Better management for peace and prosperity on Guinean borders
Agencies on Guinea’s borders are improving their management and coordination, after an ITC workshop that shows how to identify risks while allowing a smooth flow of people and goods.
Risks abound along Guinea’s porous borders. Human trafficking, smuggling and counterfeit medications all pose challenges for border officials, who aren’t always equipped to determine who’s a migrant and who’s a criminal.
These issues come into sharpest focus in border communities and in the region of the Parrot’s Beak area as a transit point for all kinds of traders from neighbourhood countries.
The river that forms Guinea’s border with Liberia and Sierra Leone runs through difficult terrain. In this area, enforcement agencies can’t easily tell who’s a legitimate trader and who’s a smuggler.
The solution is better coordination among agencies. When government agencies work together to manage the border, life improves for communities – especially for small businesses who depend on reliable crossings.
Ensure security while allowing trade
Transparent, predictable border operations allow authorities to control the flow of people and goods in a way that protects security, health and the environment while allowing efficient trade. By focussing on real risks, instead of treating everyone as a potential risk, agencies make better use of their resources and build trust with the border communities.
To improve coordination among border agencies, the International Trade Centre (ITC) led a workshop from 4 to 7 October 2022 to train local officials. They learned how to conduct their own training sessions for their staff on the concept of coordinated border management.
“It is a timely response to the challenges faced by Guinea to control its migration flows, combatting counterfeit medications and the traffic its natural resources,” said Timothée Bruneteau, associate trade facilitation programme officer at the ITC.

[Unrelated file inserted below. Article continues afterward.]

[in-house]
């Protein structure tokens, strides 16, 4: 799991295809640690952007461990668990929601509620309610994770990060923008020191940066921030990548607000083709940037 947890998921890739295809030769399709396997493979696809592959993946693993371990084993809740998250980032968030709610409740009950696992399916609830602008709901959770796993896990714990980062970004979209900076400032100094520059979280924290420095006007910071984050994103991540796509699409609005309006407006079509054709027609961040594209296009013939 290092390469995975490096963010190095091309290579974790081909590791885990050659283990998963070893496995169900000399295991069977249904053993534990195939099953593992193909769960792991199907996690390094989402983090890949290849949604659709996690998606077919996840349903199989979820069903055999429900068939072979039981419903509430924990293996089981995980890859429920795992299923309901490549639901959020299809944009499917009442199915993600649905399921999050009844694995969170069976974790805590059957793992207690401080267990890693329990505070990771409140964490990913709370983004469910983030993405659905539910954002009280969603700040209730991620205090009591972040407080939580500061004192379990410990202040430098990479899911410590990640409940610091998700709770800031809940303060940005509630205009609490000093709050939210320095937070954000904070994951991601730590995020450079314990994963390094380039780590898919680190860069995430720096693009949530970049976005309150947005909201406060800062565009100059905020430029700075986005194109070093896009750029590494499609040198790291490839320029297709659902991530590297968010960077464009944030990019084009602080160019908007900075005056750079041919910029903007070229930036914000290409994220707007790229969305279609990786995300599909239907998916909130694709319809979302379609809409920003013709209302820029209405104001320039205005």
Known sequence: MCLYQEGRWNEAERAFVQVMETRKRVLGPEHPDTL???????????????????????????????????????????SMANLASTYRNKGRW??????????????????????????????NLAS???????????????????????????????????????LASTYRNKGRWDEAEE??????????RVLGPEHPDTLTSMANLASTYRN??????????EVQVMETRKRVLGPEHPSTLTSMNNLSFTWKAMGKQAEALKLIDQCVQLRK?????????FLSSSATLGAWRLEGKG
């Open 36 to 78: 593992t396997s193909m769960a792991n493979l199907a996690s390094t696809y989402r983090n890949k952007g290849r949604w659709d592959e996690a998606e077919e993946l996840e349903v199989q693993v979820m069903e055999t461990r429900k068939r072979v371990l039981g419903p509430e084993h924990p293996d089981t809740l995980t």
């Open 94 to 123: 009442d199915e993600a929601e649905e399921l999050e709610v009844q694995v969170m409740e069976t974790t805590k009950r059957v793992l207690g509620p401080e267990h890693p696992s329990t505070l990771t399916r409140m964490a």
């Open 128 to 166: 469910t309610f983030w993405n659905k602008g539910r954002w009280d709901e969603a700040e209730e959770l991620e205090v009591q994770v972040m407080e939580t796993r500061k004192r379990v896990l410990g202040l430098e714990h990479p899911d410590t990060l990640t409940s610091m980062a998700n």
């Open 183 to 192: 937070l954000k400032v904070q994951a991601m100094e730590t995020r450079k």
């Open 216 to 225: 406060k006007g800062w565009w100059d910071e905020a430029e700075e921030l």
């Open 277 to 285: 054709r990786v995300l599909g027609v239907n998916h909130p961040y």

He said the programme will “reinforce the capacity of frontline agents on coordinated border management and will help bring long-term changes to control practices.”
Sixteen people attended from agencies that manage customs, security, health, agriculture, environment and livestock control.
The workshop formed part of the UN Multi-Partner Migration Trust Fund (MPTF), with Guinea’s Ministry of Trade, Industry and Small and Medium Sized Enterprises.
“It will contribute to the current reforms to bring transparency and efficiency in cross border trade operations,” said Mohamed Bakayoko, secretary general at the ministry.
The system strikes a balance between inspections and trade facilitation.
The training programme is fully integrated in the head offices of each border regulatory agency and within the strategy of Guinea’s National Trade Facilitation Committee. The goal is to reduce the number of redundant border controls and to make businesses more competitive.
This initiative contributes to Guinea’s compliance with the WTO Trade Facilitation Agreement, specifically article 7.4 which encourages border controls based on risks. This avoids arbitrary enforcement and builds trust between border agencies and businesses.
About the project
The ITC-led coordinated border management programme has been established in partnership with the National Direction of External Trade and Competition and the General Direction of Customs under the Multi-Partner Migration Trust Fund (MPTF), implemented by ITC in collaboration with the International Organization for Migration, the World Health Organization, and the UN Development Programme.